Karnataka: Decline of the Quality of Politics in India

Karnataka has shown us a trailer of what is going to happen in LS 2019. We have to choose the Best amongst the Worst. This is not a “Win for Democracy” or “Win for Secularism” as is being projected by politicians. This is a shame for India.

Is using the Office of the Governor to get a backdoor entry as CM better than forming a last-minute coalition to stop the largest party from coming to power in the State? Both are examples of the decline of the quality of politics in India. The last few weeks have proven that there is a complete disregard to the sentiments of the citizens in this country when it comes to grabbing political power.

The arrogance of both BJP and Congress is disquieting. I don’t see an ounce of integrity or honesty of purpose in these politicians making tall claims on TV. These are the people who wake up the CJI of SC at 2 am in the morning and make 3 SC Judges discuss a political deadlock and announce a decision within 24 hours. But when it comes to political corruption, corporate frauds, communal murders, rapes and whatever else, they drag the cases without any outcomes for decades.

Buses and hotels are organized to protect MLAs. A 100-year-old political party like Congress does not know how to keep their own MLAs together. It’s ridiculous. A 50-year-old party like BJP, who has come to power on the promise of changing governance in this country is using money and threats to gain political ascendancy.
The BJP has just shown to the world that it is no different from Congress when it comes to political integrity. They made a corrupt jailbird as their CM candidate and tried gaining power by hurriedly coronating him by arm-twisting the Governor and the CJI. Their corrupt party leaders like Reddy brothers and CM were openly offering bribes to MLAs of JDS and Congress.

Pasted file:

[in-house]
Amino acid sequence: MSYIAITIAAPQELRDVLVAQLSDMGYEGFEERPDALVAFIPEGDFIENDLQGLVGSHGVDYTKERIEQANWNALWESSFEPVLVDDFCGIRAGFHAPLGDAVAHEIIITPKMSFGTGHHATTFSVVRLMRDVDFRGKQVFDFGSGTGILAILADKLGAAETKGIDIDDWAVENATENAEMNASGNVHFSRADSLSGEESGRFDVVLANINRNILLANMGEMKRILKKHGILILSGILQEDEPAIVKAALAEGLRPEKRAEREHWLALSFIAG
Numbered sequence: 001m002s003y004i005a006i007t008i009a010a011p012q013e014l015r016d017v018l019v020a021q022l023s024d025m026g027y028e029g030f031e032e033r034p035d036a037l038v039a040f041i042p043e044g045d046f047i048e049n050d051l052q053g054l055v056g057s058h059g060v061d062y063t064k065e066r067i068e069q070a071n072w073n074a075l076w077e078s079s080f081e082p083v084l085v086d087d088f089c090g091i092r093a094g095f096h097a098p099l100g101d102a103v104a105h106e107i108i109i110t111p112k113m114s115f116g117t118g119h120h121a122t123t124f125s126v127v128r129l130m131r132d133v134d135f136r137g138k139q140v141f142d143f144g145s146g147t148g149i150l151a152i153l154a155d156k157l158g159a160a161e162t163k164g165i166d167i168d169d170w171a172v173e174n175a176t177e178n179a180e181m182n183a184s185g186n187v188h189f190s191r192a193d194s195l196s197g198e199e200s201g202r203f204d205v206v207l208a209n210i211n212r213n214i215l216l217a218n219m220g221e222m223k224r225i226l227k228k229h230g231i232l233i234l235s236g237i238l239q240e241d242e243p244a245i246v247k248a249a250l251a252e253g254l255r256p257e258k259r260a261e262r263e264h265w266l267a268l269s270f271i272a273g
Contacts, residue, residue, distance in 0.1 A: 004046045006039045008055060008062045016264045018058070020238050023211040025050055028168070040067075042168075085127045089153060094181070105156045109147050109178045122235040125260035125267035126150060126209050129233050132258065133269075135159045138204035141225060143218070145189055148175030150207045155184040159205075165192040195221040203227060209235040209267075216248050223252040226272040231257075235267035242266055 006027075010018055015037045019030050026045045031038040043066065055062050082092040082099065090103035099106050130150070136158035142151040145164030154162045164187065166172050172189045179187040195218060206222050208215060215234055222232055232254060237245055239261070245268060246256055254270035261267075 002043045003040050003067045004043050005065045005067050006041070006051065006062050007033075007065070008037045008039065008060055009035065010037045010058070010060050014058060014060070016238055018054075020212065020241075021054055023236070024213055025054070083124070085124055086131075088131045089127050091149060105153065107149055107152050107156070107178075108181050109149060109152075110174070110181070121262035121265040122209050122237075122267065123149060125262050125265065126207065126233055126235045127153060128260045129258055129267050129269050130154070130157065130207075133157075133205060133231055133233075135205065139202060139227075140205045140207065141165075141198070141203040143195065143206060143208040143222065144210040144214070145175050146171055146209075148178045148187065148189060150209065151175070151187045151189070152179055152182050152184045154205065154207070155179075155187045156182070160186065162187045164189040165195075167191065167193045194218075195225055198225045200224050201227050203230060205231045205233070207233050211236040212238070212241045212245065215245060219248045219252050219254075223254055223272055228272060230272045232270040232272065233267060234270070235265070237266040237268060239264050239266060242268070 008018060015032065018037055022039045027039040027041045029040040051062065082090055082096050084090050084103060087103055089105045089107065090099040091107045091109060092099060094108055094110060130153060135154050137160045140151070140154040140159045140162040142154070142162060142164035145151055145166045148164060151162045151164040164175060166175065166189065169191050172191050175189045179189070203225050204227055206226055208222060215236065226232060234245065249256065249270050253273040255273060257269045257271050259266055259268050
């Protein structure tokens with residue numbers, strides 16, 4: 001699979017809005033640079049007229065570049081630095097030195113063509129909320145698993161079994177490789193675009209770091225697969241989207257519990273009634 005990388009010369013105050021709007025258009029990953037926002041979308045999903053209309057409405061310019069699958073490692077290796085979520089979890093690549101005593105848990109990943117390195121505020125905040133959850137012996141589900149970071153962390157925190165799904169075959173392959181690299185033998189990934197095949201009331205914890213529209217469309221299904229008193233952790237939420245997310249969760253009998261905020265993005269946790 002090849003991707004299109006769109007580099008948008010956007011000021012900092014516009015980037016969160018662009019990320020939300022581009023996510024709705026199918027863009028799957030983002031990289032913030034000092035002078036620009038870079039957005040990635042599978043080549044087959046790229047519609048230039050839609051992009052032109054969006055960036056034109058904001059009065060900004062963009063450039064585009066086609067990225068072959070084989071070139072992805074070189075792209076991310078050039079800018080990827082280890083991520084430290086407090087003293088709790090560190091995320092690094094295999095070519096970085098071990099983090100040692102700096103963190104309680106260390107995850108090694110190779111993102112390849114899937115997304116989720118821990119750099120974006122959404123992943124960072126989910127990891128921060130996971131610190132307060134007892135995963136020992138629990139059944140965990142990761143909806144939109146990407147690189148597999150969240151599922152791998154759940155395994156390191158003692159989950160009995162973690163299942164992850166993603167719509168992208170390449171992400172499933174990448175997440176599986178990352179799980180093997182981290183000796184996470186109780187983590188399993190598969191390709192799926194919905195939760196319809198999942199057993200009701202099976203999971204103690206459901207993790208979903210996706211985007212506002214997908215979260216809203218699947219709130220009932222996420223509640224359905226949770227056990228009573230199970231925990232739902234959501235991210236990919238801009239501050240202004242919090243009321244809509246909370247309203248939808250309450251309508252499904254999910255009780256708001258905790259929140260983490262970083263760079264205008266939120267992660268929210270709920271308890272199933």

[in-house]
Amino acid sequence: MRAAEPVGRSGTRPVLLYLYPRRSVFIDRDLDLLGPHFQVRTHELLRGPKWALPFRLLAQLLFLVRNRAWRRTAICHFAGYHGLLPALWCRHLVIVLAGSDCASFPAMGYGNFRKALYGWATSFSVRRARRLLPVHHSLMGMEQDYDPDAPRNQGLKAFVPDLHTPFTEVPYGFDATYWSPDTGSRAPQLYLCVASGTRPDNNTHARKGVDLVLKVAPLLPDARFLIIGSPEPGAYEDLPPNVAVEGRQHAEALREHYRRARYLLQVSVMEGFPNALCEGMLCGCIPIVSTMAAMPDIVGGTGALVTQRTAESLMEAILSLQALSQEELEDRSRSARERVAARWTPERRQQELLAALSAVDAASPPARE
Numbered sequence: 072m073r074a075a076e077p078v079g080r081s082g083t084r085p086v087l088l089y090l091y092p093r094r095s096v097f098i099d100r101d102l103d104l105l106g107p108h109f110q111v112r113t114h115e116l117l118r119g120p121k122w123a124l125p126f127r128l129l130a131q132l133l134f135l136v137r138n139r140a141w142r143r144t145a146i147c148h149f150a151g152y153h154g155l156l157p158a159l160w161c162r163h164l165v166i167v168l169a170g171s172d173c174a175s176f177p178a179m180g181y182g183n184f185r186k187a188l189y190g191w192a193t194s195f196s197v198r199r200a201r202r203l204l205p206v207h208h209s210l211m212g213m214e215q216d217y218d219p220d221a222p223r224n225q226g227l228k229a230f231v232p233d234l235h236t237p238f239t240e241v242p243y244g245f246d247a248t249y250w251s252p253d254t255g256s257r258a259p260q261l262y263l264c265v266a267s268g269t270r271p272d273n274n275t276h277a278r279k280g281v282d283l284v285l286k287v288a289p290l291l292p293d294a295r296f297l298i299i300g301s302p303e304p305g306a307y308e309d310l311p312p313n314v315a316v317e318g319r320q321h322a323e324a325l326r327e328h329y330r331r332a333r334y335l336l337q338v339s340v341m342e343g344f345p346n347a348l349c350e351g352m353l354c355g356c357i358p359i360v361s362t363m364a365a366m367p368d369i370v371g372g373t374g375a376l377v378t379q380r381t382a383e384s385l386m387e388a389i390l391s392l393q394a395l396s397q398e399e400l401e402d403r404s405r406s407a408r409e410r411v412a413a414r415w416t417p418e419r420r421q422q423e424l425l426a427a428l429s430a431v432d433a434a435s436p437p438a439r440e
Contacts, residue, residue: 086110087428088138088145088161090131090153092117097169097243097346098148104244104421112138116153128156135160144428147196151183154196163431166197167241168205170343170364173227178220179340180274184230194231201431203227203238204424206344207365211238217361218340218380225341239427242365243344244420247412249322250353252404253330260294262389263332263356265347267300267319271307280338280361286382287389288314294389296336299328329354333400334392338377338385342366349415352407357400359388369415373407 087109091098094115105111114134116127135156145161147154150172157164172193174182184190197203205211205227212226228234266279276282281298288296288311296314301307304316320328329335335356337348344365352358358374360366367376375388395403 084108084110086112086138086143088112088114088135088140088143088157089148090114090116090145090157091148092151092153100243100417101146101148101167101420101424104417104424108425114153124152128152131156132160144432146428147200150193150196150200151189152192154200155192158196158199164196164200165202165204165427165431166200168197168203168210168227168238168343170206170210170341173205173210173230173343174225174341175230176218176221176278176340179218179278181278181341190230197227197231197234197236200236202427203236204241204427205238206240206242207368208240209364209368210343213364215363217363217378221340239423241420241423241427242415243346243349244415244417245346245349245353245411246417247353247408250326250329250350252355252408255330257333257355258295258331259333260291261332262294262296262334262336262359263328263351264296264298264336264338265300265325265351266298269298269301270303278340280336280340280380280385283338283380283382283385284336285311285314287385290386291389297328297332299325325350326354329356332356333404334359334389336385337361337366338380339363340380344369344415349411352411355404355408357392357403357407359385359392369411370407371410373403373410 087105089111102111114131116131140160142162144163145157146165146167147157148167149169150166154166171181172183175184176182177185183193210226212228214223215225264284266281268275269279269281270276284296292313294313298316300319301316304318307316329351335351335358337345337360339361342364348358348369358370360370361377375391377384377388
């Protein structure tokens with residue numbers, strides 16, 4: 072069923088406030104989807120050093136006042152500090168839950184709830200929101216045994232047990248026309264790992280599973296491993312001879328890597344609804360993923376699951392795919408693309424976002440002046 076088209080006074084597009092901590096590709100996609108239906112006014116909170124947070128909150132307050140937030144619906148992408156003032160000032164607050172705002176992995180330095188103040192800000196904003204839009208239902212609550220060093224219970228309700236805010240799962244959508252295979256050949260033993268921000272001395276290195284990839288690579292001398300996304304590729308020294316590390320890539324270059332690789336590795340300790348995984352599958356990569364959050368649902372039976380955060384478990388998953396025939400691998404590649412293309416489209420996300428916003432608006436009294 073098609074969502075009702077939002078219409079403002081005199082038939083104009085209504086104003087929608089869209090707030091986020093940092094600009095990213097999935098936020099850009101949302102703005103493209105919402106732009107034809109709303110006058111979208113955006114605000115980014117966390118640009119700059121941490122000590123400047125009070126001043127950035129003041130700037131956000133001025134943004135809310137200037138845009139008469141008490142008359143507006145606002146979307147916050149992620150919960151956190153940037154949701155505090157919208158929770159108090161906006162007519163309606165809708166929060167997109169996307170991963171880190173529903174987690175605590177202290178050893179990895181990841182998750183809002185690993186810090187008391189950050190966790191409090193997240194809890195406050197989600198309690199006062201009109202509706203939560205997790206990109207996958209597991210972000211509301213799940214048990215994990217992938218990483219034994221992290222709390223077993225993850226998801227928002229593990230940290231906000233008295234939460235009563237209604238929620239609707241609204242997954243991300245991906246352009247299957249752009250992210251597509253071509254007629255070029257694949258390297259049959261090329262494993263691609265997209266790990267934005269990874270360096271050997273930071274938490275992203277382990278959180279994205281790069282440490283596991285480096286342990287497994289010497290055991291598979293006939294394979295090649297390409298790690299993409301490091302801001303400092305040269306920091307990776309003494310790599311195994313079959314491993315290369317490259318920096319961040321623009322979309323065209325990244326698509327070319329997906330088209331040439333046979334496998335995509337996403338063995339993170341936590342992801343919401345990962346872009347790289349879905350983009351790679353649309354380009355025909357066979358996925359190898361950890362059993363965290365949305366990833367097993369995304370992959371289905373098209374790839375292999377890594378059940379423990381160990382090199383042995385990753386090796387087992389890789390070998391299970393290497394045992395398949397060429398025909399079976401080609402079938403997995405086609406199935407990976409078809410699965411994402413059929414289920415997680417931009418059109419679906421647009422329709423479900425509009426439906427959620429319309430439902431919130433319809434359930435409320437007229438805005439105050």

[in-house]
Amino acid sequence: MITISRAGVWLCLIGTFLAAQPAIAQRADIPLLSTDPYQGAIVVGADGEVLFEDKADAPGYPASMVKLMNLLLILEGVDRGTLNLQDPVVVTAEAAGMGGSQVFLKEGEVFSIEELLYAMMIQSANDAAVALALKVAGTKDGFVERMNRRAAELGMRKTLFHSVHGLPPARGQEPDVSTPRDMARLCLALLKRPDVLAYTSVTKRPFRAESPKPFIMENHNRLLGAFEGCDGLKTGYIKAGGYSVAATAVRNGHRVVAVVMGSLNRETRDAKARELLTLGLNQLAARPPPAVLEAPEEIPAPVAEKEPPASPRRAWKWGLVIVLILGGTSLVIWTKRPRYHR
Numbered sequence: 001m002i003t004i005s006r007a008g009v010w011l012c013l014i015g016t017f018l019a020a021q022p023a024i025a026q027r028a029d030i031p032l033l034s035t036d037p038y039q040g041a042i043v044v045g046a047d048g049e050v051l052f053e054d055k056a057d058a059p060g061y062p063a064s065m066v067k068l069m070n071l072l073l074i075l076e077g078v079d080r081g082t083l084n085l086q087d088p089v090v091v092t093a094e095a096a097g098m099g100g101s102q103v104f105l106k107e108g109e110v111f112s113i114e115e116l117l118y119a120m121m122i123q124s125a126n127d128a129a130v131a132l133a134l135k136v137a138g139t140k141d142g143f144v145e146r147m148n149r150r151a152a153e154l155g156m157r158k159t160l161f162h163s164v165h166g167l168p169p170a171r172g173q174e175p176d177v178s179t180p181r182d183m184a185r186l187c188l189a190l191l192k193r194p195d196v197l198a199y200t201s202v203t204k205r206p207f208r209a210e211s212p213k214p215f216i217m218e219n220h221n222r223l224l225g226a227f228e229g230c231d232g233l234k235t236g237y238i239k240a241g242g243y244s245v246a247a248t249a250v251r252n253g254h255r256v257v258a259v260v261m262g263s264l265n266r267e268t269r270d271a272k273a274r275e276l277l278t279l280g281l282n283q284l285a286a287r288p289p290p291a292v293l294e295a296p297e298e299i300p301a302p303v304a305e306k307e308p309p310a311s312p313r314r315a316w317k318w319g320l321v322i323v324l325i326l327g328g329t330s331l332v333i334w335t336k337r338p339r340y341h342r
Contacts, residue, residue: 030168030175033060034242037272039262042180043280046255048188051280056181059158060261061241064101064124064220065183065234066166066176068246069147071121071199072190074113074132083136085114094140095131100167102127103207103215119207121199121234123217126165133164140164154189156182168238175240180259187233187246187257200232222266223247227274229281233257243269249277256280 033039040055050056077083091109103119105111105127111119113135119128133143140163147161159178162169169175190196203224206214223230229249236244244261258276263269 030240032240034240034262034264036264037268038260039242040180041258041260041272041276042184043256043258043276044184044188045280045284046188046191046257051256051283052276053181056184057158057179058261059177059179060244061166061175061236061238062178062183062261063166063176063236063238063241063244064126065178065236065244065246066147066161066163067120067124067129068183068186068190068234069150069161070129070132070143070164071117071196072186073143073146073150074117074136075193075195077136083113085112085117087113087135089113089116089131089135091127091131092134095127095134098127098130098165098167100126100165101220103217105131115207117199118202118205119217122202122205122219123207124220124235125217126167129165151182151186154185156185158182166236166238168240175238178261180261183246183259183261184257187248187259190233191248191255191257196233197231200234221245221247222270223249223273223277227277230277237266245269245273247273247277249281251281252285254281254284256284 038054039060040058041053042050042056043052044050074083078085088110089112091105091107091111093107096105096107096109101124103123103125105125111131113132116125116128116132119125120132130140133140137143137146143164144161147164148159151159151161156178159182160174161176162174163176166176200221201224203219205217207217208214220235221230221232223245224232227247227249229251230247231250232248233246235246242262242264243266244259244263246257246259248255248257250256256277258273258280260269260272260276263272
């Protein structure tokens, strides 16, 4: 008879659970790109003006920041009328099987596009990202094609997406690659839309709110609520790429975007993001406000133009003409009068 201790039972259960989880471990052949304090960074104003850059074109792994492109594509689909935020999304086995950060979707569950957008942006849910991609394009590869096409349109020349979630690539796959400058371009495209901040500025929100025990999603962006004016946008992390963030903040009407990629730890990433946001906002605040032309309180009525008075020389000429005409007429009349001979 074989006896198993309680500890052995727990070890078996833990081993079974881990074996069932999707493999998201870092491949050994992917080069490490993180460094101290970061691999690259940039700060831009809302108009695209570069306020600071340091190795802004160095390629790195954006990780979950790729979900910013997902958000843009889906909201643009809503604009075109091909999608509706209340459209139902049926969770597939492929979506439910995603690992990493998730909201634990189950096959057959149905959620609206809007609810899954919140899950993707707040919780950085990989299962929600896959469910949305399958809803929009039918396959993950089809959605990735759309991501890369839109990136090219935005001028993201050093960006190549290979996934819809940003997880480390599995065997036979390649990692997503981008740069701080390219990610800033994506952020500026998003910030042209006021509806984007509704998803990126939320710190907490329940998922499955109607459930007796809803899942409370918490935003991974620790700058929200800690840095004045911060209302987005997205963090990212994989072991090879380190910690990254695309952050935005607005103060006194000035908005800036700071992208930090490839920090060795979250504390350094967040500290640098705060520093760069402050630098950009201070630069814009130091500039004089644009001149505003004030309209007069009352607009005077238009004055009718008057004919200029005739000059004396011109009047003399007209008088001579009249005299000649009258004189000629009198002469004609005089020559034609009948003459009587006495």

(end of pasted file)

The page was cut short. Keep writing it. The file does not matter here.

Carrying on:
What happened to the “Na Khaunga Na Khaane Doonga” ( neither I will eat nor I will let you eat) promise made not so long ago?

I have tried convincing myself for the last 4 years that Narendra Modi is above all this. He is our PM and he is above party politics. But that is not the case. For 4 years he has consistently proven to me that his Party is above his Prime Minister’s position. During elections, he behaves like a local leader. He shouts, hams, mimics, and spreads half-truths and blatant lies like a pro. And he doesn’t care, because he knows that he has a support base of people who enjoy this tamasha or ignore it as political compulsions. They love and worship him like a rockstar.

Thousands of crores are wasted every year due to bad governance. No sector in the world allows such inefficient nincompoops to operate with such low levels of service quality and delivery. But no questions are asked, no penalties are imposed. Because we are busy taking sides. Our own money is at stake, but we fight for political one-upmanship.

Nobody wants to sit and think. Fangs are out the moment political criticism begins. We don’t value our vote. We value myths created by politicians about the country of our dreams. Shanghai and California, Bullet Trains and Ram

Statues are what appeals to us. We cannot understand why we see so many poor around us even after 70 years of independence.